|Our Mad Mad World: Bringing Back the Fairness Doctrine|
23 comments6 Oct 2007 @ 20:24 by quinty : Our corporate airwaves
“Independent community radio provided critical coverage of the invasion and occupation of Iraq. While Cumulus Media was banning the Dixie Chicks for daring to speak out against war, Clear Channel radio stations were sponsoring prowar rallies around the country. Roxanne (Walker) Cordonier, the South Carolina Broadcasters Association’s 2002 radio personality of the year, was fired by Clear Channel-owned station WMYI-FM in Greenville, S.C. “I was fired for being antiwar,” she told me. “I was told to shut up. People who retained their employment had the presence of mind to keep quiet.” She sued, and Clear Channel settled with her just before trial (for a sum said to be about a year’s salary). Four years later, she is back on the air, now buying airtime on a locally owned station. “People forget,” she says, “these are the public airwaves, and the public is not getting access to them.””
Radio for the People
August 8, 2007
6 Oct 2007 @ 21:13 by vaxen : Loose lips...
and all the rot which comes out of Washington, including Democrat rot, Republican rot, and free speech rot, can be summed up in two words. Magna Carta.
It is nice to see your newslog at the top, quinty san! I generally miss it as it wends its' way rapidly to the middle ranks in this funny system set up by the Flem.
In short: Who cares? You're only as free as you want to be. Right? I mean you do create your own reality, right? So who is stopping you from creating a 'radio station for We-The-People? Oh, you say that term has been co-opted? That that term was laced into the over all Corporation of 14th Amendment Citizens, the only ones who need to follow Congressional 'laws,' and doesn't refer at all to We-The-People? Semantics? Legal linguistics manipulation under color of the law negotiations which really do not exist at all because Corporations ARE NOT flesh and blood human beings? Amazing! My sentiments exactly!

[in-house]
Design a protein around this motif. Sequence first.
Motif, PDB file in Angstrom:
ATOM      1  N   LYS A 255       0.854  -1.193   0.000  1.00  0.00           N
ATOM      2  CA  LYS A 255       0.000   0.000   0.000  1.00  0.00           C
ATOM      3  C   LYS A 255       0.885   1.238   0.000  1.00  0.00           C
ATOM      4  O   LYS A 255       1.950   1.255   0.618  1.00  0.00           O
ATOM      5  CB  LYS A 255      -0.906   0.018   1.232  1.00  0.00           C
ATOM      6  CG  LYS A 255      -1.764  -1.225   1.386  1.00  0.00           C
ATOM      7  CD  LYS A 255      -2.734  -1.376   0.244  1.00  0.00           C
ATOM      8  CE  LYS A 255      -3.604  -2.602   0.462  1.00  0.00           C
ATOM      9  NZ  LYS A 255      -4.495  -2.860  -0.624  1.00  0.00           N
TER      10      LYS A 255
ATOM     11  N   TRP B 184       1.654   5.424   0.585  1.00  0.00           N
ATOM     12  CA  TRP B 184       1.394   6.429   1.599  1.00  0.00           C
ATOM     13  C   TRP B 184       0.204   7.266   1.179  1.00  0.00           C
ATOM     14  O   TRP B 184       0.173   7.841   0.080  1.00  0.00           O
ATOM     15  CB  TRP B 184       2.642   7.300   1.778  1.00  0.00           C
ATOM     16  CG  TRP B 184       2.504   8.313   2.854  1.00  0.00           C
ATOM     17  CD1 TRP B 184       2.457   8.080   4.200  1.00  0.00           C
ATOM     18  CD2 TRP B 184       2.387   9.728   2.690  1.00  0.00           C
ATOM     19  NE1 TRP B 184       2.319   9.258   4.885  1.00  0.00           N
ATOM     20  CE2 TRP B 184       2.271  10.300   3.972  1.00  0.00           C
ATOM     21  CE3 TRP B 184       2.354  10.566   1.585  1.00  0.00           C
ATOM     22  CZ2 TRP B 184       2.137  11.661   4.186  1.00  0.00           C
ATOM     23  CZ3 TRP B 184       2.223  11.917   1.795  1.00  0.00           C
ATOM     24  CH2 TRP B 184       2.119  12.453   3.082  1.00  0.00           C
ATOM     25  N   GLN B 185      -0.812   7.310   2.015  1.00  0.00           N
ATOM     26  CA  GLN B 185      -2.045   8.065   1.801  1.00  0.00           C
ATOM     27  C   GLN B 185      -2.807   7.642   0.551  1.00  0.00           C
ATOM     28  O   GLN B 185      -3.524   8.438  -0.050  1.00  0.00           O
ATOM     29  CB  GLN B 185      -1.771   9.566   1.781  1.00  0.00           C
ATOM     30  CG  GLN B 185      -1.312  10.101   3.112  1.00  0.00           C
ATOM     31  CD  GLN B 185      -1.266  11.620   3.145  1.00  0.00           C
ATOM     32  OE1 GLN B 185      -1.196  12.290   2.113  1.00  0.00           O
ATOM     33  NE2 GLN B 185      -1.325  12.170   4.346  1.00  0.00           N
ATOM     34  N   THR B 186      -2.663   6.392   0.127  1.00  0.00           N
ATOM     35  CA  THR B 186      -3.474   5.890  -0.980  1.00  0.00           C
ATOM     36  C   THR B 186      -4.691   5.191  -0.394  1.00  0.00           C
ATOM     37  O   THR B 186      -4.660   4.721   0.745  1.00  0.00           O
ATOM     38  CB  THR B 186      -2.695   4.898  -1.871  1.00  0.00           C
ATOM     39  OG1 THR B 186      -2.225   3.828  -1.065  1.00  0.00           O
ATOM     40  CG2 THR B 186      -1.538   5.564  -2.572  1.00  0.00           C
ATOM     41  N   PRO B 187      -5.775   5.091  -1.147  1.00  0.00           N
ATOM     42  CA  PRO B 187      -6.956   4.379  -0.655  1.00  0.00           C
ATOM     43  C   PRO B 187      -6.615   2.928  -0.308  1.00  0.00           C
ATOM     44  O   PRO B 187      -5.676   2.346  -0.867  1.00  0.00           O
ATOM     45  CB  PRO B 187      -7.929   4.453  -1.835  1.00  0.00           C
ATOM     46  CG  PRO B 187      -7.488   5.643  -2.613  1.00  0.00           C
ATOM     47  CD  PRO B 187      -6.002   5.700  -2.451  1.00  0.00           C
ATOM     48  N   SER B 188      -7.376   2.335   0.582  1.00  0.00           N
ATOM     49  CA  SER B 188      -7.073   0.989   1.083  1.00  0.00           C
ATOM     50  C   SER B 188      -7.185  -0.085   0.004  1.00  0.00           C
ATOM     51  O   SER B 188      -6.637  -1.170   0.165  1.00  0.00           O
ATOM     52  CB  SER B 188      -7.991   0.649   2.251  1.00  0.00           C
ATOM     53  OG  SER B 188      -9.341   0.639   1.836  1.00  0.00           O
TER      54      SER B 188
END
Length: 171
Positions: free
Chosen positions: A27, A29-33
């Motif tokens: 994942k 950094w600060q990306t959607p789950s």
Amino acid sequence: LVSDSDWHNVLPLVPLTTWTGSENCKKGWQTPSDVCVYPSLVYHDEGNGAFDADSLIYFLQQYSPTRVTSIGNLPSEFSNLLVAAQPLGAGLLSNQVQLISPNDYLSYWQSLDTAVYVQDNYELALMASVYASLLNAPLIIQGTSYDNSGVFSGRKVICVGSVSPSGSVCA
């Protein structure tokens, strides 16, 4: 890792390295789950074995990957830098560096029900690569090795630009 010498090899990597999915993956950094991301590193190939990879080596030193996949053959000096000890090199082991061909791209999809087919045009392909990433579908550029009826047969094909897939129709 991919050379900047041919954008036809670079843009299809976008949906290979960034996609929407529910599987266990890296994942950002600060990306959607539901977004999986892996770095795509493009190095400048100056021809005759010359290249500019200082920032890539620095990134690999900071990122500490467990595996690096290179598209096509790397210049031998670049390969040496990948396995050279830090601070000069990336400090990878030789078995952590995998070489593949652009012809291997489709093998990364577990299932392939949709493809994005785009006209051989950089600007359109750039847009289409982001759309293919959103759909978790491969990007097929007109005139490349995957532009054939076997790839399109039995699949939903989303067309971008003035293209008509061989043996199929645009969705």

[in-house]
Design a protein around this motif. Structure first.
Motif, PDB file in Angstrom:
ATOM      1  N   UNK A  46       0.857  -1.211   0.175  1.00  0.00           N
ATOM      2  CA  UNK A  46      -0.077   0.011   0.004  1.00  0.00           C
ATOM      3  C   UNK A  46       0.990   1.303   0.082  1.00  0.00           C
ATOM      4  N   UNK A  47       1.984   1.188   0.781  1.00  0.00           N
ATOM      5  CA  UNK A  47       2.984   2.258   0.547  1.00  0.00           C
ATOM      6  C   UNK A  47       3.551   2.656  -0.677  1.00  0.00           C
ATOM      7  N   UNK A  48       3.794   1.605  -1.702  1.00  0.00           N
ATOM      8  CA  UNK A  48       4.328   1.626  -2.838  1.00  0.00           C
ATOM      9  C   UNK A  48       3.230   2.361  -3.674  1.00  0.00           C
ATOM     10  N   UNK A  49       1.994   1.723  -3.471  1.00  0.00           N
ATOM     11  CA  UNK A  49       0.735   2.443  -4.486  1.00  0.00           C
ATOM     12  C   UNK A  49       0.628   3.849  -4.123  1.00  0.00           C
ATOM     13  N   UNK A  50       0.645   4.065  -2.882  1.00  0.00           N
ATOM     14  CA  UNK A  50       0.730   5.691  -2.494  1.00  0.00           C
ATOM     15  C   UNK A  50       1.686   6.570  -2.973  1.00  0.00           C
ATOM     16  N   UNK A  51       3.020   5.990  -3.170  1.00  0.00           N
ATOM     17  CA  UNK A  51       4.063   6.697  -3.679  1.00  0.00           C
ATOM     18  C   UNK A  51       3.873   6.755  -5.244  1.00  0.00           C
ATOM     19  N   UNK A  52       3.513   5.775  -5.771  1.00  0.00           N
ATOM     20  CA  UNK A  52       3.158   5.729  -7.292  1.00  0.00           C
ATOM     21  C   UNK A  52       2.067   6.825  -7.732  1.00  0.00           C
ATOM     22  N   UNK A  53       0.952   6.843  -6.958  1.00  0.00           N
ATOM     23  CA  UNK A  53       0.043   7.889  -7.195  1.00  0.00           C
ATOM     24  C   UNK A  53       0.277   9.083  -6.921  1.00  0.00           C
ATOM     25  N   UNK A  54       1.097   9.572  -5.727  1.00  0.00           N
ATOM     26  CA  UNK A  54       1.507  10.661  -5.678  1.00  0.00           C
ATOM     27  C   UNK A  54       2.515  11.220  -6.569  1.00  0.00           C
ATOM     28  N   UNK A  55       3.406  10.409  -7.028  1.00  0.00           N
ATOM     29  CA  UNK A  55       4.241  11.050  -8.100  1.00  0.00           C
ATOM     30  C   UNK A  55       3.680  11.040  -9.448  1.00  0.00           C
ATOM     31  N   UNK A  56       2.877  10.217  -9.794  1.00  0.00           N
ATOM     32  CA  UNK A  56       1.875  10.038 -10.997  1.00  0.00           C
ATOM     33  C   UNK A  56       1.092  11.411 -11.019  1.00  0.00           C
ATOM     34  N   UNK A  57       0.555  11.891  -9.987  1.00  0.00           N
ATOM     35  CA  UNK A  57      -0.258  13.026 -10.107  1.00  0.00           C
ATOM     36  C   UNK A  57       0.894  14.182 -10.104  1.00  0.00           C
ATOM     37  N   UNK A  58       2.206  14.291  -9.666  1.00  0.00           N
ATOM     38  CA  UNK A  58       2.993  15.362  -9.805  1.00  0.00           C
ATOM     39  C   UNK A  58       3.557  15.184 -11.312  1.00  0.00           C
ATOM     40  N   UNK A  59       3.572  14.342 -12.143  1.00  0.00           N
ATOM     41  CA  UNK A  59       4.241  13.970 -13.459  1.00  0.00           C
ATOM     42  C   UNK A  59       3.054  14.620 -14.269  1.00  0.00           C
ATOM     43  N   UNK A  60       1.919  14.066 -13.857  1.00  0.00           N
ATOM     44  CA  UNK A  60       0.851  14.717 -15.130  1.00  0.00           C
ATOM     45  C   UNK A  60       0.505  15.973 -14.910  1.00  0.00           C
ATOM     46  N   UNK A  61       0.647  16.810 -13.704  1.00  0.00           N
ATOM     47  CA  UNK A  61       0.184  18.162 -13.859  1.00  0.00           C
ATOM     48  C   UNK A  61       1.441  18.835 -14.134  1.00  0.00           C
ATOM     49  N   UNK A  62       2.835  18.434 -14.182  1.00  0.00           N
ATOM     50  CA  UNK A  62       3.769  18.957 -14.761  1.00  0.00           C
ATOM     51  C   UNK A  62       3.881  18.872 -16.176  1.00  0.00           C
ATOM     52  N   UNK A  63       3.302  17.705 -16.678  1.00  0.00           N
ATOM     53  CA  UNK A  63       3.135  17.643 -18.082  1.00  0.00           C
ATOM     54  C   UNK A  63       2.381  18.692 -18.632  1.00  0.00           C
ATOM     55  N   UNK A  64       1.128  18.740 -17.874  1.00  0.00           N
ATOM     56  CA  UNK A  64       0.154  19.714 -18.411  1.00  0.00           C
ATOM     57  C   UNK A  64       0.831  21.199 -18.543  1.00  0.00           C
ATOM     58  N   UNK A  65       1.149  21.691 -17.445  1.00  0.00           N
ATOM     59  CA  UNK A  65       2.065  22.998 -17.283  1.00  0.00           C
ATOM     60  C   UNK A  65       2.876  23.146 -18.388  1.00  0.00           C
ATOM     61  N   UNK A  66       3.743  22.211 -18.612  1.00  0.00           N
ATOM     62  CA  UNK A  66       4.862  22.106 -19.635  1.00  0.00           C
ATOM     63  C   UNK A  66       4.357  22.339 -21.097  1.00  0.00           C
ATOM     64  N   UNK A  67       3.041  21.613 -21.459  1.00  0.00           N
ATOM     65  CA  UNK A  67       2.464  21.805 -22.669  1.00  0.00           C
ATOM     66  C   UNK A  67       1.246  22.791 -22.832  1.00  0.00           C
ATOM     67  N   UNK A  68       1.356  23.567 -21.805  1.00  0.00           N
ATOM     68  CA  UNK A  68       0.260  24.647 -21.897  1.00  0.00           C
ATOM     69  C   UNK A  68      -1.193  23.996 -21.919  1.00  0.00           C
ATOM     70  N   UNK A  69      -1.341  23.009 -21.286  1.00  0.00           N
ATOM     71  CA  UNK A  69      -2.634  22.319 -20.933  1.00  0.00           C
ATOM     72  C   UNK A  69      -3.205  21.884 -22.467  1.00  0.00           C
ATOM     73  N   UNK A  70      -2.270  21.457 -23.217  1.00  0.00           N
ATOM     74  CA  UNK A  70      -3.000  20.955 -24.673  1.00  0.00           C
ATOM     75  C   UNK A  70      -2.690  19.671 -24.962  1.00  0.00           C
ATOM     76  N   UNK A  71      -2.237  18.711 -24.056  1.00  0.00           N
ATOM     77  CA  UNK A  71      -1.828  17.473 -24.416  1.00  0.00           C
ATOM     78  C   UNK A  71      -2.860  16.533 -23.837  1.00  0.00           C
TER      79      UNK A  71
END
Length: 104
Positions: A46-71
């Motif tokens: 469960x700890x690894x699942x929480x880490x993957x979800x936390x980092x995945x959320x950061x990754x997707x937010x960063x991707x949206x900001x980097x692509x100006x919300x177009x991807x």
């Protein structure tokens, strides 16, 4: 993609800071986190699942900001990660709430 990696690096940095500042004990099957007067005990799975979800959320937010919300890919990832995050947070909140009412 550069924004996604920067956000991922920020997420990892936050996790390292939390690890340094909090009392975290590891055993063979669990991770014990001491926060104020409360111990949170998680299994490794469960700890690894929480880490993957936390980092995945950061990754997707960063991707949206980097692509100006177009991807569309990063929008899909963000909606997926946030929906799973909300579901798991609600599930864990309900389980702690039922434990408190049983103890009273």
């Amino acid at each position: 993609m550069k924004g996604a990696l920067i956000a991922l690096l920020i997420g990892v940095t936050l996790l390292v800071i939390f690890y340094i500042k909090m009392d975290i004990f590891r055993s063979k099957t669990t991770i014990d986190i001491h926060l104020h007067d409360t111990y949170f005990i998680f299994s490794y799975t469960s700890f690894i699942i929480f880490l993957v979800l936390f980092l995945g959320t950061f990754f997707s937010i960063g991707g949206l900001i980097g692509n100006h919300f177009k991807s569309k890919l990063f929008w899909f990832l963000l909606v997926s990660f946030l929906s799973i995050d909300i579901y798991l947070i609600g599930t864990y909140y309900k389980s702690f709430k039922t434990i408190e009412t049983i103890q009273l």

It's all in 'the framing,' quinty san, of our ideas, our policies, our ethics, our values. Policies do not get people elected, values do.
Frames - deep seated mental structures about how the world works.
Frames are in our brains and define our common sense.
People use frames to understand facts. Truths need to be framed appropriately to be seen as truths. Facts need a context.
Policies should be based on values which are ethical ideas such as empathy, responsibility, fairness, freedom, justice and so on.
"War Rooms" and "Truth Squads" must change frames, not reinforce conservative frames.
Spin is the dishonest use of surface linguistc frames to hide the truth.
The Paa Tal created life forms that could evolve on their own, with free expression, self determinism.
What you call your 'government' isn't. You need to go to Washington D.C. and fire them all!
Voters votes are based on values, connectionm authenticity, trust, identity. That's how Reagan got in. Help people discover who they are in their heart of hearts. ;)